Next chapter: Patrons want library system ready for the future
Wayne County has spoken.
Residents want a main library and branches with more programs and materials and more room.
They want to be able to use the Internet and to enjoy a good book all in the same building with enough room for all patrons to get the information they need in a relaxing atmosphere.
And they want to able to use their libraries to learn more, to find the information they need to improve their daily lives and to better educate their children.
So says the Wayne County Public Library’s recent survey of patrons.
In an effort to make plans for the county library system’s future, the library’s board of directors approved polling residents and asking them what they would like to see at their libraries.
And they found out that residents think they are doing a good job with what they have, but they want to see more.
And that is good. A first-class library system is a sign of an up-and-coming community with vision and possibilities for future growth.
Libraries are also linchpins in the educational process offering support for schools looking to challenge students to expand their knowledge base, and offering programs for adults who want to continue learning.
But the question is now, if we need more resources and facilities, are we willing to invest in the materials and infrastructure that are necessary to develop a first-class library facility.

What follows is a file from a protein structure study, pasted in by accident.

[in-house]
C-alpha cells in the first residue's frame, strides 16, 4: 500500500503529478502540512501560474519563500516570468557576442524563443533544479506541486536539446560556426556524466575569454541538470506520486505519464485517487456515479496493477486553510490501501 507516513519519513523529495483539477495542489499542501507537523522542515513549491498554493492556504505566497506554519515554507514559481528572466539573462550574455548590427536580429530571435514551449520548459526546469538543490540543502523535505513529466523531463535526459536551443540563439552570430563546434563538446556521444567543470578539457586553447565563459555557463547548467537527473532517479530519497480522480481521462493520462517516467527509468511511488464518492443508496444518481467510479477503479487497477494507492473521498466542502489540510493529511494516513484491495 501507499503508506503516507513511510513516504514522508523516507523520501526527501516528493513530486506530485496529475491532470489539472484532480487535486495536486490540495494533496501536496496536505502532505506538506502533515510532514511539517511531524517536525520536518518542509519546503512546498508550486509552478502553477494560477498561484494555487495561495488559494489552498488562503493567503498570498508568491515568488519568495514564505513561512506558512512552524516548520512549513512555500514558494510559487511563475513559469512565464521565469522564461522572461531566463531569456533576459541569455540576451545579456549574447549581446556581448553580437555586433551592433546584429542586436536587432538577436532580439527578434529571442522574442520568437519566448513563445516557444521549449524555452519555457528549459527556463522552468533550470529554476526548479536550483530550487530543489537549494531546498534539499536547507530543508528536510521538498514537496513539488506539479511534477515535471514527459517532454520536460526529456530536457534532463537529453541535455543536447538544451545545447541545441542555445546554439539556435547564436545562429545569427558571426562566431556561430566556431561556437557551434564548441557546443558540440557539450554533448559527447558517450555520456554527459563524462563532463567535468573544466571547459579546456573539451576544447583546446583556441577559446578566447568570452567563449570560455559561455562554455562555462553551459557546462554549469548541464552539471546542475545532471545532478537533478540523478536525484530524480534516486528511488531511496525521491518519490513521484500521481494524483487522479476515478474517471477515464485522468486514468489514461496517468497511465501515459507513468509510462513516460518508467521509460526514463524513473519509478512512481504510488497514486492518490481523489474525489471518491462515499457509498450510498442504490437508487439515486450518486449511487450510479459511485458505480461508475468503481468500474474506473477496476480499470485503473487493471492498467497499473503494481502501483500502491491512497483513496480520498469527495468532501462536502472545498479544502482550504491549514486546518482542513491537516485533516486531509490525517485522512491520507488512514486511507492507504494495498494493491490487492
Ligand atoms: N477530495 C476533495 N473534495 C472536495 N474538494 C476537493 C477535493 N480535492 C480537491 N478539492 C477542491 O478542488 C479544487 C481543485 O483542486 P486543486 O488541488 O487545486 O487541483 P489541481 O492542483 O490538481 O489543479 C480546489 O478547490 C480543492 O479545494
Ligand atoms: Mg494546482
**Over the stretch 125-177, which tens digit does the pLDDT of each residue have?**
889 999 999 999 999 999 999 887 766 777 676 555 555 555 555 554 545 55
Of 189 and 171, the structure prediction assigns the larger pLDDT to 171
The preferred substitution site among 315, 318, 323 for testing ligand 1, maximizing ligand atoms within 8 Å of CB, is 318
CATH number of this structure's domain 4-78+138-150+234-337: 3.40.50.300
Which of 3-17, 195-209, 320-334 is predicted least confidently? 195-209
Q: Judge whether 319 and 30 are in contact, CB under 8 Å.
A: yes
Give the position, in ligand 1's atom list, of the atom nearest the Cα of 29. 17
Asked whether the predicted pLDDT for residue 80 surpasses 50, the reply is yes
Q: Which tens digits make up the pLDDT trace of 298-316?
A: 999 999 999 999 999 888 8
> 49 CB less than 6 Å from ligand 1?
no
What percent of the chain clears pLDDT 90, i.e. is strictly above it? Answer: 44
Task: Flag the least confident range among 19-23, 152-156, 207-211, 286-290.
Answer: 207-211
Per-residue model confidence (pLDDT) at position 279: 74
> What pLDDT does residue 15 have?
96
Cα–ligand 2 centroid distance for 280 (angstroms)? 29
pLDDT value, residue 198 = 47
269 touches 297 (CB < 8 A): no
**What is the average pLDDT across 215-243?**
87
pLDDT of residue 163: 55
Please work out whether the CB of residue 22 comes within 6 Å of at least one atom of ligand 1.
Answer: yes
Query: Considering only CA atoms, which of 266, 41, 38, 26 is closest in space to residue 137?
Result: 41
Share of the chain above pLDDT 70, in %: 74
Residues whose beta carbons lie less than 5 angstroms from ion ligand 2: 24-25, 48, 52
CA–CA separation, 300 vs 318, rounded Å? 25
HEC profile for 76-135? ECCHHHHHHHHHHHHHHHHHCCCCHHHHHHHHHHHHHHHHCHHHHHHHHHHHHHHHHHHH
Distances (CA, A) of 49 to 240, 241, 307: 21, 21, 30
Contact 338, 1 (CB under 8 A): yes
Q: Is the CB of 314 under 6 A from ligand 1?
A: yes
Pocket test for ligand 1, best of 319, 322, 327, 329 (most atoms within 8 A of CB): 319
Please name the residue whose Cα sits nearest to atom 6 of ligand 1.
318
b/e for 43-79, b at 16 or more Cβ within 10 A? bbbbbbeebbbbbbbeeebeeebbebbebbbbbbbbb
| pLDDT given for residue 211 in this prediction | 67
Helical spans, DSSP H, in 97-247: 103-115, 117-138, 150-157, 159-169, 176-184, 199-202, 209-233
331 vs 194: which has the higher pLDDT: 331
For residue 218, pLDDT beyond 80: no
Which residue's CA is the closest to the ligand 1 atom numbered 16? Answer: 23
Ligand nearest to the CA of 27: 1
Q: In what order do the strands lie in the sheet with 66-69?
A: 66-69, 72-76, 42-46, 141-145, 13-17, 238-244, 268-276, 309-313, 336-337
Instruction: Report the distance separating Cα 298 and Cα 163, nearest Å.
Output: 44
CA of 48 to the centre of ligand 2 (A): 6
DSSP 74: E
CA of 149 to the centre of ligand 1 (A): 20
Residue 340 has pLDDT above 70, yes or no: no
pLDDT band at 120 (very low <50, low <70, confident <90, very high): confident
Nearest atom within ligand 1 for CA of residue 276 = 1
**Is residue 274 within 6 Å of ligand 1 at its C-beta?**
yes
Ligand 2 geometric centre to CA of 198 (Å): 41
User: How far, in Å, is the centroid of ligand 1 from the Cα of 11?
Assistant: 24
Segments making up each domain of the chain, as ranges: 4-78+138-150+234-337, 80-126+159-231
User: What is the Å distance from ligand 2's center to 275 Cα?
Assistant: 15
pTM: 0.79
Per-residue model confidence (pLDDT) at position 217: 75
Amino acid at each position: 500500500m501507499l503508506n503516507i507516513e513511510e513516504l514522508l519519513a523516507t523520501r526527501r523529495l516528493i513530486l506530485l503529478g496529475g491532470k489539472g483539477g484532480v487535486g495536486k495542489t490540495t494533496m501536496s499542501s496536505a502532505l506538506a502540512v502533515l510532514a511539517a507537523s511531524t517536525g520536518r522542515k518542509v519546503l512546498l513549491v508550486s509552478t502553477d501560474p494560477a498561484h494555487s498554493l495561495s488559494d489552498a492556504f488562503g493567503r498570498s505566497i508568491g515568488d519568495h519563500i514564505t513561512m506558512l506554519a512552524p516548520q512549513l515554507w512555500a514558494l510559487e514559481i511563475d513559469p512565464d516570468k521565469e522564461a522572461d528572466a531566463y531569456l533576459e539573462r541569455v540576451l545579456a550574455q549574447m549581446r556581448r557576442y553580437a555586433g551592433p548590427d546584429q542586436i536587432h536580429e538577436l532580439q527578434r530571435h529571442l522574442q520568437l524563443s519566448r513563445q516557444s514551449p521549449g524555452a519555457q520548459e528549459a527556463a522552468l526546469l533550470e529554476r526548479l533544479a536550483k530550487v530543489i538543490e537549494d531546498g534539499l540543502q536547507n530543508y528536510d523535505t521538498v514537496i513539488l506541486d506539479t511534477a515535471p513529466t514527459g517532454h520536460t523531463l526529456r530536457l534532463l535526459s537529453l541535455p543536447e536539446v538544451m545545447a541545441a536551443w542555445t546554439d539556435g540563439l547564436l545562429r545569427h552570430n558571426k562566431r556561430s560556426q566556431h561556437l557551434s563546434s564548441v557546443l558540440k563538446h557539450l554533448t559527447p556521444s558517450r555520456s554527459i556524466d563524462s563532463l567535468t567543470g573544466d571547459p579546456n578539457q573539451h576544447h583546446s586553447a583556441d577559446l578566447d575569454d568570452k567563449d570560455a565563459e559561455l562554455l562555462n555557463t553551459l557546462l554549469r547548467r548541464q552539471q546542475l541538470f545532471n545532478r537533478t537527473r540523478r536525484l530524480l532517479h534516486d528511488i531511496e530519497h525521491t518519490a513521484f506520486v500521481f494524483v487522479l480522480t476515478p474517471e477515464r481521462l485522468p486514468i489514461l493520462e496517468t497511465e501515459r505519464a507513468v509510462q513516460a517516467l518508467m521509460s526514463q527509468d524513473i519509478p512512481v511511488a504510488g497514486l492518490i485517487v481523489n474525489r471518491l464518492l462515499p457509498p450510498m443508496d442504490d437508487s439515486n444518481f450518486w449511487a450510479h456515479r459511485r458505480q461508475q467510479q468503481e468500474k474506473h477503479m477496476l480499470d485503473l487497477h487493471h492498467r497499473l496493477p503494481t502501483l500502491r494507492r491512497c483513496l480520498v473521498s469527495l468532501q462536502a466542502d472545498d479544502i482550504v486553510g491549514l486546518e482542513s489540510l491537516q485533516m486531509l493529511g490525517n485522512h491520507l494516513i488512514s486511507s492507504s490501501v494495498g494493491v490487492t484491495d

The answer should be decidedly “yes.”
Libraries open doors to all sorts of learning and give people of all backgrounds and means the chance to explore their past, maximize their present and build on their future.
For some children, a library is a gateway to reading and research, a chance to explore and grow at no charge.
A strong library is a perfect accompaniment to a successful school system and a sign companies look for when determining the vitality of a community and the quality of the available work force.
So while county leaders are planning for more jail and refurbished county office space, they should also be setting aside funds for library development and expansion.
If we could offer more of that latter, perhaps we could give people the resources to avoid the choices that lead to the need for more jail cells and social services.
Perhaps we could help more of them build futures.
Now is the time to think about priorities — and upgrading our libraries should be among the very top items on our future wish list — especially if we want Wayne County to continue to be a contender in the race for future development dollars.
Published in Editorials on December 28, 2007 11:30 AM